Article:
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HON T. FERGUS AT QUEENSTOWN.

[per press association.]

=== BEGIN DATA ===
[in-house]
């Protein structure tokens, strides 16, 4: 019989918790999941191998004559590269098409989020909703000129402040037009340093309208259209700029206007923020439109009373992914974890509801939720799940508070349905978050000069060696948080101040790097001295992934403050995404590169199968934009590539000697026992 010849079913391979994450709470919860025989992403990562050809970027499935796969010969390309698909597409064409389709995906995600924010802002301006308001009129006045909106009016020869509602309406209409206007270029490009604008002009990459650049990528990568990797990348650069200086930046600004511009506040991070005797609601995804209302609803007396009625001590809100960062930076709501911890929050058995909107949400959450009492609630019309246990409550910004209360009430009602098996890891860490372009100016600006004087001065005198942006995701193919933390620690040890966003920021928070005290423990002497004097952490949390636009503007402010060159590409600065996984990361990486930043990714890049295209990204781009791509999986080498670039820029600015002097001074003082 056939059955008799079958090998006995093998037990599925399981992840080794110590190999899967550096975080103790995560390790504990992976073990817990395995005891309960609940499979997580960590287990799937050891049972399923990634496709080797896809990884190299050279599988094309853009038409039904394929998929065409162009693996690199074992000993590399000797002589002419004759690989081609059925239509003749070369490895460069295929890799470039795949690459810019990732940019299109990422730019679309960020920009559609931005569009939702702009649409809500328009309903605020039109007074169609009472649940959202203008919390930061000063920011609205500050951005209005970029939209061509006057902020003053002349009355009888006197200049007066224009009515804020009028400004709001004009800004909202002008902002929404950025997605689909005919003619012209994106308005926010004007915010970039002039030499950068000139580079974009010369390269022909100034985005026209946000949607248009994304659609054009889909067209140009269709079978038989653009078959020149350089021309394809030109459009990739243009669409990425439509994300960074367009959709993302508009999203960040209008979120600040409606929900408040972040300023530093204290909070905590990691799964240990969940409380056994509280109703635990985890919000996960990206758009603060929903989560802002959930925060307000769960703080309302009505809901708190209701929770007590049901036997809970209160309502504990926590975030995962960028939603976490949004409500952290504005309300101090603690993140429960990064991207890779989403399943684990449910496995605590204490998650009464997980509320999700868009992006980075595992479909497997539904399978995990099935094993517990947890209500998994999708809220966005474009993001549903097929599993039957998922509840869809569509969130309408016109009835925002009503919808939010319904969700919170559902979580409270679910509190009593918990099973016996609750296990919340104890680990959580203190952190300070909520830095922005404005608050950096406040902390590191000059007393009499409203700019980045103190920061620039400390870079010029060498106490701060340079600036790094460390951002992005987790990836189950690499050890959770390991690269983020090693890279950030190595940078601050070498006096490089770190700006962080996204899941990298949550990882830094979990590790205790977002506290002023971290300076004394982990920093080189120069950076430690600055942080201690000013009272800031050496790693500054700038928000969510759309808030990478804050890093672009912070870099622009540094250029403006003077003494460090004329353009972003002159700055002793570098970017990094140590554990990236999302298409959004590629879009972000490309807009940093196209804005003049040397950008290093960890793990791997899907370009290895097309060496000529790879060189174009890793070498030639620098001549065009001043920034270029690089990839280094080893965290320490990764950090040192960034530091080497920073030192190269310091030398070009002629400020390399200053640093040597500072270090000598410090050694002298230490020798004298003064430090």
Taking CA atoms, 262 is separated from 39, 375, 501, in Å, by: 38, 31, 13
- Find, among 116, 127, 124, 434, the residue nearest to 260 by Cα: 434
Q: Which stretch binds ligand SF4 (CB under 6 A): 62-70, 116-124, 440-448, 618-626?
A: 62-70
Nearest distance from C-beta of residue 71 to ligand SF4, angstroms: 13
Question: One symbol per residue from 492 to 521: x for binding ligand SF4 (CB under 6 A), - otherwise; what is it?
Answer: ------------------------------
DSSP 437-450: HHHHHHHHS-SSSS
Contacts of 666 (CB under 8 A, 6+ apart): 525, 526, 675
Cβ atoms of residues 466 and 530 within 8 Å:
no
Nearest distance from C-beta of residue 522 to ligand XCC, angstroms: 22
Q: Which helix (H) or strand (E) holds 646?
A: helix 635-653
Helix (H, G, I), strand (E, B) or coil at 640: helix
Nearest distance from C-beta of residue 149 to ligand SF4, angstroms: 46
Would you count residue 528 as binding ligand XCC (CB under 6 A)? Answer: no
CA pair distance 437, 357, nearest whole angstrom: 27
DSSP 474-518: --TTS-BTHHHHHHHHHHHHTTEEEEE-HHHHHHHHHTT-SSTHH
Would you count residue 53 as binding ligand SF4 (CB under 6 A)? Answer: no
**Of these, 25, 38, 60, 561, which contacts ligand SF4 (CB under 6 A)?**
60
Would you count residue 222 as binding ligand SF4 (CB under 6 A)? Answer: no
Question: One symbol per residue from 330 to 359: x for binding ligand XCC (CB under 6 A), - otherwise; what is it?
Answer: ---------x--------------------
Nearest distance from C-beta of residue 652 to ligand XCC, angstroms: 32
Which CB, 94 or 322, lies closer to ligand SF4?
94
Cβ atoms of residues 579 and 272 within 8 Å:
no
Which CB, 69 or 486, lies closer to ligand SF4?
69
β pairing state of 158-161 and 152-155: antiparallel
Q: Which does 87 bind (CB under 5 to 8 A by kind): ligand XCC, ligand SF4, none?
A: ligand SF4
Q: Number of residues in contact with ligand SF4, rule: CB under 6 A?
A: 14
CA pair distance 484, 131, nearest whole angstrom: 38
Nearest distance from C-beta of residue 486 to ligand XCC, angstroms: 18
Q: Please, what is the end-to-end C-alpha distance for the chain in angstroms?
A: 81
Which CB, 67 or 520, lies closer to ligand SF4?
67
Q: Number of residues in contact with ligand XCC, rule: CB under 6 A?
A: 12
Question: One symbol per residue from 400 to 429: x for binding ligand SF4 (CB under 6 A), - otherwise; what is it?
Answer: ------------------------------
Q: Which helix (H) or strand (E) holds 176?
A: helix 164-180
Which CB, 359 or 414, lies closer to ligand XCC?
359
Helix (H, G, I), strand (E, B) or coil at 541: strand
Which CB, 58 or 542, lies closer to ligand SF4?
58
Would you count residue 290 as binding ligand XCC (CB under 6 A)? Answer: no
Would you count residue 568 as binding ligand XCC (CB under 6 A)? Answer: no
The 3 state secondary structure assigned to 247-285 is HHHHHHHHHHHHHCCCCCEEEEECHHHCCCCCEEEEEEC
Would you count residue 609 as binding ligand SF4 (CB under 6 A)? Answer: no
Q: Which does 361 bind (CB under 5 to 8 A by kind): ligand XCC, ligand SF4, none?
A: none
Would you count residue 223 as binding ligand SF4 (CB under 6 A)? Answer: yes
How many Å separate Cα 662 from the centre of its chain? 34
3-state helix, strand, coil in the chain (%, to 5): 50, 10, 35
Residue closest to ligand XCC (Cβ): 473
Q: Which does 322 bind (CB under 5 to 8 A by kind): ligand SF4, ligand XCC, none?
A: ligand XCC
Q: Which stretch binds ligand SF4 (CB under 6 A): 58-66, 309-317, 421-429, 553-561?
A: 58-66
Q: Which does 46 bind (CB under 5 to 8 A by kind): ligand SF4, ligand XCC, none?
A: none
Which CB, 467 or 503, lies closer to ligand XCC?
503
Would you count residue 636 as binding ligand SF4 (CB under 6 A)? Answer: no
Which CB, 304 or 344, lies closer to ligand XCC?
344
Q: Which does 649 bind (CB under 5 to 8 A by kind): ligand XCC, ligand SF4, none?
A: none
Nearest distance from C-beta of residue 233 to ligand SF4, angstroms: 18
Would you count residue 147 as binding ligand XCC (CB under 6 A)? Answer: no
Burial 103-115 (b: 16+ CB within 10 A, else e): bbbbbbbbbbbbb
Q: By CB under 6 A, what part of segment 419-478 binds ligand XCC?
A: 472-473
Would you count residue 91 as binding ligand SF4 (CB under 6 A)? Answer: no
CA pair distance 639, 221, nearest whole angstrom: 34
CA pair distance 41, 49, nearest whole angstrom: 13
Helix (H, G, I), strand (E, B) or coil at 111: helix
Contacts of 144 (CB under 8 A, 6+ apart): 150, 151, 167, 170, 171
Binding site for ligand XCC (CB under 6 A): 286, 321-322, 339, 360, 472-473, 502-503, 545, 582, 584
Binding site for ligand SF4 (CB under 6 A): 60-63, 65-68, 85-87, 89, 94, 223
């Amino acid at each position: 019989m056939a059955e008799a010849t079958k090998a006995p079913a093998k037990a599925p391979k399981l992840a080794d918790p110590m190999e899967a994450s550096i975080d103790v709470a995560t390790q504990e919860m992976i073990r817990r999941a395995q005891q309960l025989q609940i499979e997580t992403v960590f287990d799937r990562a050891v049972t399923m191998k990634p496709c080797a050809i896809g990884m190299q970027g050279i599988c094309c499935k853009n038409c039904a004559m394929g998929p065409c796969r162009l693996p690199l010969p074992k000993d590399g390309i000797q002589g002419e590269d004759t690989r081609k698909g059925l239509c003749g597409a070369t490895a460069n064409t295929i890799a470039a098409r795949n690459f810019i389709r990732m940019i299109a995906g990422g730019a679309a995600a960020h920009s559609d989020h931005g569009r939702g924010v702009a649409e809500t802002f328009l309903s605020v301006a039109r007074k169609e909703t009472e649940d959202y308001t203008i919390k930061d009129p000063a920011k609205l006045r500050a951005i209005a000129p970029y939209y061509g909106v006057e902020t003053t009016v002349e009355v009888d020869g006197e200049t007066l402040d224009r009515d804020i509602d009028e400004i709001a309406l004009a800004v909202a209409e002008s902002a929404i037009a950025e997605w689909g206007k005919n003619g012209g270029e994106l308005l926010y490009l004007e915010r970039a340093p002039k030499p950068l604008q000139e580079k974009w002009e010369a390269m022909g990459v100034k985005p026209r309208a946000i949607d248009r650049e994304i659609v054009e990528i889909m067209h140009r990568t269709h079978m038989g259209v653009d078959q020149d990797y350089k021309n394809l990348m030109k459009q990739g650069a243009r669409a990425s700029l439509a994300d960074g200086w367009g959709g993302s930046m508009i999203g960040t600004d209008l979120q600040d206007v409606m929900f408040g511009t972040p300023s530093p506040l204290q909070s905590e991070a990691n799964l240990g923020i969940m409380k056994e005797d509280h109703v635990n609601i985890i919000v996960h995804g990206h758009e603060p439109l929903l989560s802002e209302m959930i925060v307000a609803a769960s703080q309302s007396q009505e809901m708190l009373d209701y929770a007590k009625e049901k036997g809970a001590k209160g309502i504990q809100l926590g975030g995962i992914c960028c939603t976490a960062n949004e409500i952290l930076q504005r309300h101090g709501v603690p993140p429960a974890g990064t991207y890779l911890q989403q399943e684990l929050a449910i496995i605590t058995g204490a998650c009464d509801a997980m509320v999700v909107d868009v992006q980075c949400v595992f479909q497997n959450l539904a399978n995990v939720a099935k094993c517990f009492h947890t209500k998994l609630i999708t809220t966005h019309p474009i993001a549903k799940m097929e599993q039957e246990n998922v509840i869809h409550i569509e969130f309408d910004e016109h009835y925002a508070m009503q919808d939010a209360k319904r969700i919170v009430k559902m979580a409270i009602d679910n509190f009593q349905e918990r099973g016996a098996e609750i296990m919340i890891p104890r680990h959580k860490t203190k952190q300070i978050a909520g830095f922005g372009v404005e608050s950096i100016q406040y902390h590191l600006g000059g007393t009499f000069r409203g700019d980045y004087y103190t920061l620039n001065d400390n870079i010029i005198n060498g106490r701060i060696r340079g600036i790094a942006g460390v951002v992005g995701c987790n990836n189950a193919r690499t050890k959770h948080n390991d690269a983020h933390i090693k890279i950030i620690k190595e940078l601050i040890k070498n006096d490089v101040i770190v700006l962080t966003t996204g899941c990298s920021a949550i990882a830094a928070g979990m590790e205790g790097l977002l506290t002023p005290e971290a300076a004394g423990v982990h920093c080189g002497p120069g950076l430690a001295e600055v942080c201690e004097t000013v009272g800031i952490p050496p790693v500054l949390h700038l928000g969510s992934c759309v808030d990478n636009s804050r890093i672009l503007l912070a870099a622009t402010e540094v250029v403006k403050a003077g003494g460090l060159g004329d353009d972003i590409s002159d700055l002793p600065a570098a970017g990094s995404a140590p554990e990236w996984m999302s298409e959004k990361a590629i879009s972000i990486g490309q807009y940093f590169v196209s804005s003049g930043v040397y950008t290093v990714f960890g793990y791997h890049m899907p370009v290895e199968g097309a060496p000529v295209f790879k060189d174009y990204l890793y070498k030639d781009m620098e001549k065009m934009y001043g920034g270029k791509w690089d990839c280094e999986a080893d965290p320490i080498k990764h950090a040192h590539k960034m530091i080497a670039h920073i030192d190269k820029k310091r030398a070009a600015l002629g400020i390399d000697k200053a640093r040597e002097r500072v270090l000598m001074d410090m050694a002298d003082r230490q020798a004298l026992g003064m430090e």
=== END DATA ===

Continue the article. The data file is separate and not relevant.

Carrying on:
Quebnstown, May 22. ' The Hon. T. Fergus addressed his constituents in the Town Hall this evening, the Mayor occupying the chair. He said he would not detain them with a review of the past session, as nothing had been said by the.members of the Opposition in the shape of criticism that required ah | answer. '■ l . ■ \ ': ' FINANCE. After devoting some time to a reply to the attack by Mr Fisher, M.H.R., on the financial administration, he said he had the pleasure of congratulating the meeting on another surplus, a little larger than .that on which he congratulated them"last year. The Government, after meeting I every legitimate claim, were able to present a balance sheet showing to the good £115,174, which had been arrived at without undue straining, and ■ ' ■■'!1:' ' ■i;-'!:::"; ; the fact that the newly .'■ i- •[>■■ i t i:"»i -i not provide within £49,000 of the Estimates, the railways, on the contrary, yielding £63,340 beyond the estimate. The task of Government was still a difficult one, and he did not think there was much chance of the impost being reduced. ' No doubt some charges, as buildings, must be transferred from the Loan to the Consolidated Account, and there was the fact that throughout New Zealand the population was increasir-7 "^ rir-:rlly, -t l. tl-*----advantaees of the - !:■■' ■ >■■:>■.■. ■■■.■ ■,- so largely utilisec".. ;':v :\u v .n..iv.y required a considerable amount of-money for the erection of schools. Before they could remit taxation they must provide for all •v *V" r,:- t:-ir: '-n the Loan Fund, and th>-". -'i-". '■ :.■".■■ : for school buildings. It was the intention of Government to ask the sanction of Parliament to set apart a sum of money, at least, this year, probably for two or three years, to enable them to overtake the school buildings requirements of the colony, especially in some parts of the North Island. It might be well also to provide at the same time for the extension of Lunatic Asylums. He was largely of opinion that the time had arrived for a proper classification of the'inmates, and for the drafting of those who had to be kept as in gaols into establishments of that kind. • The Government thought that some portion of the revenue should be devoted for a little time at least to this purpose. INCIDENCE OF TAXATION. 1' A noticeable feature of all the speeches of late had been that there was no talk whatever about the change in the incidence of taxation. Mr Ballance claimed exemptionsfor agricultural improvements, but Sir R. Stout at Oamaru carefully abstained from any reference to the incidence. He believed that these gentlemen when in office had it brought home to them that it was impossible, witb. any change, that the public creditor could be satisfied and the service of the Colony be discharged. It would be exceedingly absurd to make a change. He disliked the property tax as much as any member of the Opposition, but he saw no other course at present for the Colony to pay its way. Those who talked about a land and income tax forgot that the bulk of taxation at present fell oii land, as out of the total of £354,000 paid in property tax at least half was paid by peoplo utilising land for agricultural, pastoral or dairying purposes. BORROWING BY LOCAL BODIES. Passing on to the question of the burdens of the colony he said that a debt which, to him, was just as much colonial debt as the thirty-seven millions owing to the British lender was the considerable quantity of local debt. Local bodies in the colony had borrowed £5,000,000, for ; which they paid sums varying from 4 to 7 per cent. ■ The average rate was £5 9s 6d, and .the r total- annual payment £272,530. He had always thought it a great pity that local bodies were taxed so heavily for the accommodation received, which was required for necessary works, and Mr Westgarth when in the colonies had pointed oflt that by a consolidation of local government loans a saving of 1, 2,----or even 3 per cent might be made upon present rates. Supposing by consolidating these loans at 4 per cent, a saving would be effected of £73,450. In addition to these were loans of £332,715, being money borrowed from four Government departments. He did not advocate that increased facilities should be allowed local bodies to borrow, but he maintained that it would be the height of folly to allow local institutions within the colony to be bled at the rate of 1, 2 or 3 per cent niore. than they would have to pay if the loans were put on a more satisfactory footing, and it was the duty of Government to see if something could be done by which in future borrowing loans should be issued with such restrictions that local,bodies could obtain accommodation on more reasonable terms than at present, The question of; indebtedness of-local bodies had been brought home with considerable force in view of the fact that the New Plymouth Harbor Board had been unable to meet its interest on the Home market,, and thab there was further , danger of the Gisborne Harbor. Board making default. .It was certain that if one and another of the local bodies made default the fact would operate on colonial stocks, and 1 would also restrain people' at' home from ■ having anything to do with our investments, and prevent that stream of desirable immigration that was needed. If they could do anything at all to ease the minds of people at .Home, or to ease the municipal taxpayer of the! colony :from an undue burden of payment of interest, it would be a wise and statesmanlike action. LOCAL SELF-GOVERNMENT. The question of local borrowing led up - to the whole ■ question of local .sellgovernmont, He was strongly of opinion that local self-.govennent was grossly overdone in the colony, with the result that useless expenditure was heaped up. His own opinion was that a great many Licensing Committees throughout the colony might be done away with, as they were doing infinitely worse than under the old system. Government had under consideration a measure for the amalgamation of some bodies on the West Coast, and in any other similarly affected districts, giving them greater power than at the present time and enabling them to put their finances on a more sound and proper basis. - SETTLEMENT OF THE LAND. One subject of considerable importance was that of settlement of the people on the land. The colony had'a grand estate yet in the hands of the Crown and of the Natives, and the question was how best to bring under occupation those lands that were fit for settlement. Since the passing of the late Native Bills a disposition had be.en shown by the Natives to bring their lands through the Court, and thus being enabled to "deal with them. He was of opinion it was a great pity the Crown ever gave up the sole right to purchase Native lands, and had ever allowed land jobbers and sharks to enter into competition,. but Government were of opinion that the time had arrived when they should use every endeavor to secure as much of the land as possible when it came on the market. The question was how to obtain money. Government had resolved, orit had been resolved for .them, that they should-not borrow,. but - they thought the thing could be managed by the creation, by the Treasury of land debentures on the security of such Native l lands as were already.'acquired,; and on the security of lands.about to be acquired. These debentures to be issued . iri the colony, made available as investments to colonists, and made a first charge on the land wlioh .sold or -settled. There Av ras no other way except to go on the London markets, which they did not intend to do, i